Many thanks to Csillag, with whom I wrote Discovering Their Past, and Children of the Arixi, both of which inspired this tale.
Many years ago, a Jedi male came to the Arixi Convent, and he and I conceived twins, a boy and a girl. Both were given away to appreciative adoptive parents; it is the mission of the Arixi to keep a supply of Jedi in the galaxy.
Our mission has become more urgent -- many of the Force-touched Sisters have had the same frightening vision, of a great evil filling the Galaxy, with many Jedi killed. Worse, the visions all point to the murderer of the holy ones by one of their own.
In respones, many of the women have been taking medicaments that enhance their fertility, or extend the natural period of time a woman can conceive children. I am beyond this; I am very old. I have birthed over 20 children with varying degrees of Force talent. My work now is to help prepare the younger women, and to care for them as their time to birth or conceive draws closer.
The Jedi Temple is not aware of our urgency. It seems they do not see the dangers coming. But it is not the habit of the Arixi to take our cues from the Jedi. Historically, there is greater danger to us in any given era of history than to them. For we are the fount from which the Jedi come.
A Jedi Knight will come to the convent and impregnate the women ready to receive him. Occasionally, a Knight may be allowed to find us more than once, but the Arixi convent is never in one place for long, to minimize the desire to find us again. It is normal and natural for some men to wish a second time with such a group of healthy, willing, fertile females. But to allow this might encourage possessiveness, which is never a good thing for those who are bonded to protect the Galaxy.
But in our times of urgency, we sometimes allow some Knights to come again. This is dangerous, since some of the Sisters may become attached to a particular Jedi, and may even fancy having a normal life with him. But as the Jedi are forbidden possessions and attachment, we are forbidden knowledge of the identity of the father of our childen, or of the children themselves. We birth them, then heal, then breed again. There is no nurturing or mothering.
But my very first time as a Breeder, the Knight who impregnated me let me see him. This little bit of knowledge was a drug to me, and I learned how to get more. It has become a surreptitious habit to me now; I can find information in ways and means not normally detectable to anyone.
That's how I found out about my first two children -- the boy was taken into the Temple and became a great Knight. The girl was taken into slavery. But whether Jedi or slave, both children were born simply as tools and agents of the Force.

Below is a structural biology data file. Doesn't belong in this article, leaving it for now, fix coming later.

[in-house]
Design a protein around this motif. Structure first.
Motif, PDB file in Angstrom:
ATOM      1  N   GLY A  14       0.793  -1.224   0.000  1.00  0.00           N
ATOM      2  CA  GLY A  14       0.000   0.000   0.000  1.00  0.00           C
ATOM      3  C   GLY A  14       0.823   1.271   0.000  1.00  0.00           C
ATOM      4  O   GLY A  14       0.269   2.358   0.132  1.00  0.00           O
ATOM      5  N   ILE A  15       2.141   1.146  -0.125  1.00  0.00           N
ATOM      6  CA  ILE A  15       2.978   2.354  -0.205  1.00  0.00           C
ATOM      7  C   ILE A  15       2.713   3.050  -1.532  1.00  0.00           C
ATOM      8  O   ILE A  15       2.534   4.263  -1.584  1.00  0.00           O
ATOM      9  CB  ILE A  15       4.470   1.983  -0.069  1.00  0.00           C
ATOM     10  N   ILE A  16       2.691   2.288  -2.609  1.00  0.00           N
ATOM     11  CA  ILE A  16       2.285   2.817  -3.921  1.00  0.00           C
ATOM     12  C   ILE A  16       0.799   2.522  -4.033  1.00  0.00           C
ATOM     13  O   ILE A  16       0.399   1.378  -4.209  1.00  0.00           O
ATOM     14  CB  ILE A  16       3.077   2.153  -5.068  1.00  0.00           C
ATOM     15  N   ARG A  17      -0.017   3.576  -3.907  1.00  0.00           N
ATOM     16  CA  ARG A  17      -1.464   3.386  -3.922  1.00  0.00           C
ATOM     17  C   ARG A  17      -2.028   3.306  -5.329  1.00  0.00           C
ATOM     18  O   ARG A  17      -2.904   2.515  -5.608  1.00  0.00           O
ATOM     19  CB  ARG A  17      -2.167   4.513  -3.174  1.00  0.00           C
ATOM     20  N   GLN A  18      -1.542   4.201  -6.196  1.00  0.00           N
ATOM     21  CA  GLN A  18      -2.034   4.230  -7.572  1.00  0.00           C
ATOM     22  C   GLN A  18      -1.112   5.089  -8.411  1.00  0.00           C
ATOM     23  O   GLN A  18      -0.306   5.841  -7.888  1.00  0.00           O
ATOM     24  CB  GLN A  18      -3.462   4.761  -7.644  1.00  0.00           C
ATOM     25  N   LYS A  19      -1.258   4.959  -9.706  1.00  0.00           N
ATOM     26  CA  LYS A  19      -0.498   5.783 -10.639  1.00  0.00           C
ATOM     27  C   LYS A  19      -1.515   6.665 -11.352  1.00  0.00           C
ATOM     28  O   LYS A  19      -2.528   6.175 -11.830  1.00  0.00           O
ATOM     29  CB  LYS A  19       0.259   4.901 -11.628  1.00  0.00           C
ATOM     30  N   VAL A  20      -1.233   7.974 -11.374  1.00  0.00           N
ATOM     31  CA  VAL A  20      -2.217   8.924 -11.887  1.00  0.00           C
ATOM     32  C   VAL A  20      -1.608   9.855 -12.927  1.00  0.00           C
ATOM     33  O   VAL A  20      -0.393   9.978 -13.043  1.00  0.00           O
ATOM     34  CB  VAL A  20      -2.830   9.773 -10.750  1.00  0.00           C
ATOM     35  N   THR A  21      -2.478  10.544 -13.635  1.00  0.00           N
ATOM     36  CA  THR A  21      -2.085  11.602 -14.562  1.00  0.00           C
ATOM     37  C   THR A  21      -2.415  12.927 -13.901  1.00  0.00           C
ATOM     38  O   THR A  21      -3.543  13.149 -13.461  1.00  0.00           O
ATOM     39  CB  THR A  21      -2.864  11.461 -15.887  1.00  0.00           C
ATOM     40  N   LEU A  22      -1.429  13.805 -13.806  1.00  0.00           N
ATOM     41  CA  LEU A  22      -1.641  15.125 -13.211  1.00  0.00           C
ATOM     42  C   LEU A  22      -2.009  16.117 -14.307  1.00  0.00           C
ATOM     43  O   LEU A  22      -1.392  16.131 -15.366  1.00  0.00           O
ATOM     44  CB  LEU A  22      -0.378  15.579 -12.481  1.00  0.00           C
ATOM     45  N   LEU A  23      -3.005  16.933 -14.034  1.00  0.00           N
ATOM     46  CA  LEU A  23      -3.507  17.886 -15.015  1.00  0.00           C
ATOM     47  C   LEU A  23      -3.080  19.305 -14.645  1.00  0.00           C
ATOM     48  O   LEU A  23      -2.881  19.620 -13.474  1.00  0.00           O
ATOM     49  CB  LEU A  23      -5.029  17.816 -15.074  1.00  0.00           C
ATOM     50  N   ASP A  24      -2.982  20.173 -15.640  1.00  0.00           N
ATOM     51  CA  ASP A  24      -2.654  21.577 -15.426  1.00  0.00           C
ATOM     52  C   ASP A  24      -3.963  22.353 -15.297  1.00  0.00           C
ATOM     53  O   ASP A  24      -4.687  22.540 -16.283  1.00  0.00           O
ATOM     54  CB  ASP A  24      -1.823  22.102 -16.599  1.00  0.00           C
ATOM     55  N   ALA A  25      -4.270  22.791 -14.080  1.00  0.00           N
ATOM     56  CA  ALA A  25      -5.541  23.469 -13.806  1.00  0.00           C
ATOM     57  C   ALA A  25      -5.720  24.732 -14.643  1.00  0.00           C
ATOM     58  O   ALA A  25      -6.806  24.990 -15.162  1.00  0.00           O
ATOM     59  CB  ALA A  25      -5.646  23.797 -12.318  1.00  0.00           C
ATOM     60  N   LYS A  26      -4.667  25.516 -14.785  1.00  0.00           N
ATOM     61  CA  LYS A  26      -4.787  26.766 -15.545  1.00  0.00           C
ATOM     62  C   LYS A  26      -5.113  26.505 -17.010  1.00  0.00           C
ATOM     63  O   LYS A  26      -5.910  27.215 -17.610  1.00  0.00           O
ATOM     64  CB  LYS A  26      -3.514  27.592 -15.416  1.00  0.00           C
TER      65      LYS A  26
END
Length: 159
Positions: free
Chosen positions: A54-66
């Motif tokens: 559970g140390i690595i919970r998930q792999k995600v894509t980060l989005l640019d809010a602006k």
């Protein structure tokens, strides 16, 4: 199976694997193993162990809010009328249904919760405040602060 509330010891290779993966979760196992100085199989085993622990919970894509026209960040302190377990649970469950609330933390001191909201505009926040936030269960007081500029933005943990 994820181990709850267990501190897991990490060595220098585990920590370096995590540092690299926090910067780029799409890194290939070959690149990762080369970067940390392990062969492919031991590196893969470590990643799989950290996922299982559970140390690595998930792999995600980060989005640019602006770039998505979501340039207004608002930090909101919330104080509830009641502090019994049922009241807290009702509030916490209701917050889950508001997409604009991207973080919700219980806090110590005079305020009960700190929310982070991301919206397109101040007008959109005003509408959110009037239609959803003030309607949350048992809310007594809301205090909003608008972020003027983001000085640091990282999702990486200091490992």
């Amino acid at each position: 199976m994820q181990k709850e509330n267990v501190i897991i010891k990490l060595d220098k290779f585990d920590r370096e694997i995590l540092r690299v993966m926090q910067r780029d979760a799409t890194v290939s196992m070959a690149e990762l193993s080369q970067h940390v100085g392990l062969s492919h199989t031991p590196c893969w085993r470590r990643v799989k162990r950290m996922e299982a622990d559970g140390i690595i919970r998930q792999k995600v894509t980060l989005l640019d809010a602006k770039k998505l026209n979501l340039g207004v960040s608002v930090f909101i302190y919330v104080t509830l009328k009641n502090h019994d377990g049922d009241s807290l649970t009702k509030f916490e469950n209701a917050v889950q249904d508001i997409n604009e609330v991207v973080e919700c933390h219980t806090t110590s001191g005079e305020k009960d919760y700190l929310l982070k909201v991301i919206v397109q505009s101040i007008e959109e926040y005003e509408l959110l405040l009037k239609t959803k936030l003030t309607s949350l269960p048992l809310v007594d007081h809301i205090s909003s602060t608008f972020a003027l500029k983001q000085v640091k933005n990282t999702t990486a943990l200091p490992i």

I don't even actively search for information anymore -- it seems to pop out at me, even when no one else detects it. Of my children, I believe seven are in the Temple, eleven in government, another four in the military. And as I said, one in slavery, though I think she is now dead; I can no longer feel her. Likewise with my first son.
How is that just? How can I be responsible for creating servants and slaves to the Galaxy? What's worse, it's done in complete secrecy and denial. My children do not even get the glory of knowing their holy mission.
For a long time now, I have been collecting things -- small artifacts, some documents. I don't dare make a holocron of my experiences; making such a thing always leaves a record or trace somewhere in the system. So I have resorted to old-fashioned thievery and hard copies to acquire my stash. It is wrong, but I justify it -- knowledge is a noble thing, but only when it is managed and shared.
In volume, it is not large, maybe the size of my hand in length, width and thickness. But it may as well be the size of a bantha, for I have no means to get it to anyone. And to whom shall I give it? I once fantasized about sending these to my daughter or son, but as I said, I suspect they are both dead now.
But an opportunity has at last presented itself: I know a Jedi will arrive soon, called by the Force. Several of our human women are almost ready; the window for successful impregnation is deceptively small. He must implant his seed within a period of two days in each woman. The Breeders will be made available to him as they come ready. If we are lucky, the Jedi will be strong and will impregnate all the available Breeders; of not, he will need to leave before this mission can be completed.
I fell I know about this Jedi. I do not know his name, but he feels familiar to me. I am not strong in the Force, but it nevertheless touches me, and it always does so when it has something to tell me about my children. I do not think he is of my line, but I believe he is intimately concerned with my progeny.
I peek at the man entering the convent; he is not tall, but he is broad-shouldered and solidly built, with reddish-brown hair and a beard. His face is wise, with big, intelligent, blue eyes. He will produce Force-strong, talented children; the Force tells me so.
But what's important to me is his ship and 'droid. I have decided my cache of documents needs to make it's way to the Jedi Temple, so that someone there may know about the Arixi and their mission. I am an old woman; my life is no longer of consequence to me or to anyone else. If they choose to execute me, I am at the end of my life, anyway. It is worth this great risk.